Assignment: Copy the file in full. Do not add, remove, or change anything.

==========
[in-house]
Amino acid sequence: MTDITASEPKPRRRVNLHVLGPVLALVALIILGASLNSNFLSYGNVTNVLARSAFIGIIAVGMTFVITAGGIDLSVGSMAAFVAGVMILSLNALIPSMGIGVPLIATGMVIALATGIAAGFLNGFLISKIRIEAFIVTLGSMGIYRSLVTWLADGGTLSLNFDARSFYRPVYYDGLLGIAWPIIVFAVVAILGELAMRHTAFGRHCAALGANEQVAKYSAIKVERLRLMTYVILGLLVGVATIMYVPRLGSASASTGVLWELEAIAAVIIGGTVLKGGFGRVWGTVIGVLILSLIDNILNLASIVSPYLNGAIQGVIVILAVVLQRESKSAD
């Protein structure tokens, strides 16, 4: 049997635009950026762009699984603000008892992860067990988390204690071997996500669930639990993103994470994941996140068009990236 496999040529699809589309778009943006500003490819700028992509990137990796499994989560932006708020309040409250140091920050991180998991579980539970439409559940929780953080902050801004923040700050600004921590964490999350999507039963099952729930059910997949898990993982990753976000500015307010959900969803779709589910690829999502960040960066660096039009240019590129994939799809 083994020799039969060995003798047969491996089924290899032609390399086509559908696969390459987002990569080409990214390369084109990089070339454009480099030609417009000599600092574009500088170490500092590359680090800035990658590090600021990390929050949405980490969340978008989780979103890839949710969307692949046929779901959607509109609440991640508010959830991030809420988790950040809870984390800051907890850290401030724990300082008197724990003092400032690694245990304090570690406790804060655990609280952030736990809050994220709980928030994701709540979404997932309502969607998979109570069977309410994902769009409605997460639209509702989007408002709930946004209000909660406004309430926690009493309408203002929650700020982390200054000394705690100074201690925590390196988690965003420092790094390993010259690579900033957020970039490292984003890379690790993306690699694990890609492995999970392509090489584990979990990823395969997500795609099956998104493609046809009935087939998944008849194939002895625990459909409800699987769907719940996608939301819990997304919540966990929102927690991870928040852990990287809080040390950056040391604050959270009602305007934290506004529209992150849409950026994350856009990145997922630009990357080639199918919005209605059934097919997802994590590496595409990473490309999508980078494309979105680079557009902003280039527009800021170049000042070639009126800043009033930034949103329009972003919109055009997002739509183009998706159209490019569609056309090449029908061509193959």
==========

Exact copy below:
[in-house]
Amino acid sequence: MTDITASEPKPRRRVNLHVLGPVLALVALIILGASLNSNFLSYGNVTNVLARSAFIGIIAVGMTFVITAGGIDLSVGSMAAFVAGVMILSLNALIPSMGIGVPLIATGMVIALATGIAAGFLNGFLISKIRIEAFIVTLGSMGIYRSLVTWLADGGTLSLNFDARSFYRPVYYDGLLGIAWPIIVFAVVAILGELAMRHTAFGRHCAALGANEQVAKYSAIKVERLRLMTYVILGLLVGVATIMYVPRLGSASASTGVLWELEAIAAVIIGGTVLKGGFGRVWGTVIGVLILSLIDNILNLASIVSPYLNGAIQGVIVILAVVLQRESKSAD
């Protein structure tokens, strides 16, 4: 049997635009950026762009699984603000008892992860067990988390204690071997996500669930639990993103994470994941996140068009990236 496999040529699809589309778009943006500003490819700028992509990137990796499994989560932006708020309040409250140091920050991180998991579980539970439409559940929780953080902050801004923040700050600004921590964490999350999507039963099952729930059910997949898990993982990753976000500015307010959900969803779709589910690829999502960040960066660096039009240019590129994939799809 083994020799039969060995003798047969491996089924290899032609390399086509559908696969390459987002990569080409990214390369084109990089070339454009480099030609417009000599600092574009500088170490500092590359680090800035990658590090600021990390929050949405980490969340978008989780979103890839949710969307692949046929779901959607509109609440991640508010959830991030809420988790950040809870984390800051907890850290401030724990300082008197724990003092400032690694245990304090570690406790804060655990609280952030736990809050994220709980928030994701709540979404997932309502969607998979109570069977309410994902769009409605997460639209509702989007408002709930946004209000909660406004309430926690009493309408203002929650700020982390200054000394705690100074201690925590390196988690965003420092790094390993010259690579900033957020970039490292984003890379690790993306690699694990890609492995999970392509090489584990979990990823395969997500795609099956998104493609046809009935087939998944008849194939002895625990459909409800699987769907719940996608939301819990997304919540966990929102927690991870928040852990990287809080040390950056040391604050959270009602305007934290506004529209992150849409950026994350856009990145997922630009990357080639199918919005209605059934097919997802994590590496595409990473490309999508980078494309979105680079557009902003280039527009800021170049000042070639009126800043009033930034949103329009972003919109055009997002739509183009998706159209490019569609056309090449029908061509193959």